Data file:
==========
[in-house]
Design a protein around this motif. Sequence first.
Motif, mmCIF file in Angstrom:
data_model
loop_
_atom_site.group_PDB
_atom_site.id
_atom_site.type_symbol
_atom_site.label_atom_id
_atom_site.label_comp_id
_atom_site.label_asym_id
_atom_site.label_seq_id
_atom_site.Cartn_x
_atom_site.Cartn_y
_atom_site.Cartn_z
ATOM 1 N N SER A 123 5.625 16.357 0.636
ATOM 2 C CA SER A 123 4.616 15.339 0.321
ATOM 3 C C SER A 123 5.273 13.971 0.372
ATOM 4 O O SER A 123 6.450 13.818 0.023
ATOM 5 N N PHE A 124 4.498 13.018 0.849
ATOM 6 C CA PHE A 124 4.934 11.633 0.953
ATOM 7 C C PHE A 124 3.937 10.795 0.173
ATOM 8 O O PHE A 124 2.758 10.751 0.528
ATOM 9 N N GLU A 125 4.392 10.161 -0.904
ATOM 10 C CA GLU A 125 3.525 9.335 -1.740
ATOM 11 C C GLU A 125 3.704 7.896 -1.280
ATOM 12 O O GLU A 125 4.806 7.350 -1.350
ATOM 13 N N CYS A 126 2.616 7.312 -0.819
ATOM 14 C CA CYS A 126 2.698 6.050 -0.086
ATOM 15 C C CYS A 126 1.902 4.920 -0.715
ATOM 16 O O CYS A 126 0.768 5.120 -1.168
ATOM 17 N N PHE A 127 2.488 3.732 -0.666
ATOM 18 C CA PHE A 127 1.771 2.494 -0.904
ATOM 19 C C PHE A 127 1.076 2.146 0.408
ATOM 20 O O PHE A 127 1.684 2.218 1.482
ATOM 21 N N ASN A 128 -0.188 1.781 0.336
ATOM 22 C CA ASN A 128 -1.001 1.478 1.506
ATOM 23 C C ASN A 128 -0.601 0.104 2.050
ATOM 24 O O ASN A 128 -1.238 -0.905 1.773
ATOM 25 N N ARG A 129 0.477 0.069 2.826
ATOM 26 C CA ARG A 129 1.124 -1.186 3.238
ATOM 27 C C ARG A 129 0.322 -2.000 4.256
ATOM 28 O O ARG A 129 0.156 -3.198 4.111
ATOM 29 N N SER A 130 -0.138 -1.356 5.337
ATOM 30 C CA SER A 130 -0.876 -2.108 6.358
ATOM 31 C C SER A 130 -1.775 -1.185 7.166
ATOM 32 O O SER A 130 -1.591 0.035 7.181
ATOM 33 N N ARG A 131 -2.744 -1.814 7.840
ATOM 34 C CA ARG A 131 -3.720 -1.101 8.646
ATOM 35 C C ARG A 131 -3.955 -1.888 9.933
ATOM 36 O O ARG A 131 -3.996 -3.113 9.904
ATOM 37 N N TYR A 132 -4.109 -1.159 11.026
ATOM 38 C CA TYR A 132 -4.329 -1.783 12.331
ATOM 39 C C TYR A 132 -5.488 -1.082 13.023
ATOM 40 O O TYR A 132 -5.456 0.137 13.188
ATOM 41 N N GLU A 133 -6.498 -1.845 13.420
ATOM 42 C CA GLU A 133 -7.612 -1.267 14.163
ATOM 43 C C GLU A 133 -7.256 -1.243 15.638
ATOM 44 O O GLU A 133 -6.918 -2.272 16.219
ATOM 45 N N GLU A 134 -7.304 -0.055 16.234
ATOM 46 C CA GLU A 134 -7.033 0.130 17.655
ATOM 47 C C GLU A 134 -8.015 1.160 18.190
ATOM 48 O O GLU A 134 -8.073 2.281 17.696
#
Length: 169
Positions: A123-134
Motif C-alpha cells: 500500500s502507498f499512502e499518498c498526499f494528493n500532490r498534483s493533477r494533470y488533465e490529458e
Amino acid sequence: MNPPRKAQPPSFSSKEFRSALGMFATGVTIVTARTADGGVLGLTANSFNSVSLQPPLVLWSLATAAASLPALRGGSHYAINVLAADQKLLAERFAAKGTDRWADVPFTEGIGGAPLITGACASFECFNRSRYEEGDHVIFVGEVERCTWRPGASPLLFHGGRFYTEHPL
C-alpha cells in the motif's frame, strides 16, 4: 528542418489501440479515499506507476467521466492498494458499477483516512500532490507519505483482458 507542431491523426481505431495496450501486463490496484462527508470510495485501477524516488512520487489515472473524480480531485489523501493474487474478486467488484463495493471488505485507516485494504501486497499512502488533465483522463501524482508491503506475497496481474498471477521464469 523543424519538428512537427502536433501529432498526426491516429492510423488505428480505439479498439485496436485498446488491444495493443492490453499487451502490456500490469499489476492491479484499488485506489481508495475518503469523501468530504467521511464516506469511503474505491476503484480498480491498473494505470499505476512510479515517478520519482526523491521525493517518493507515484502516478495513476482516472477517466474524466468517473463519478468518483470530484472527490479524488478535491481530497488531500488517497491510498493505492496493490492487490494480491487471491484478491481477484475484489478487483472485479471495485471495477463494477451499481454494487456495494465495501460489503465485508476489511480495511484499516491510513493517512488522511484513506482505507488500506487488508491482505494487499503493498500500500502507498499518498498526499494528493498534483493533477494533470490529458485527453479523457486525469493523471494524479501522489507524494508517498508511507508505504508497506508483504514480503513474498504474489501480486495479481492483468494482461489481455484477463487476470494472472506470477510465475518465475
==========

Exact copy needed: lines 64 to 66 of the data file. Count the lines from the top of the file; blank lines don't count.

#
Length: 169
Positions: A123-134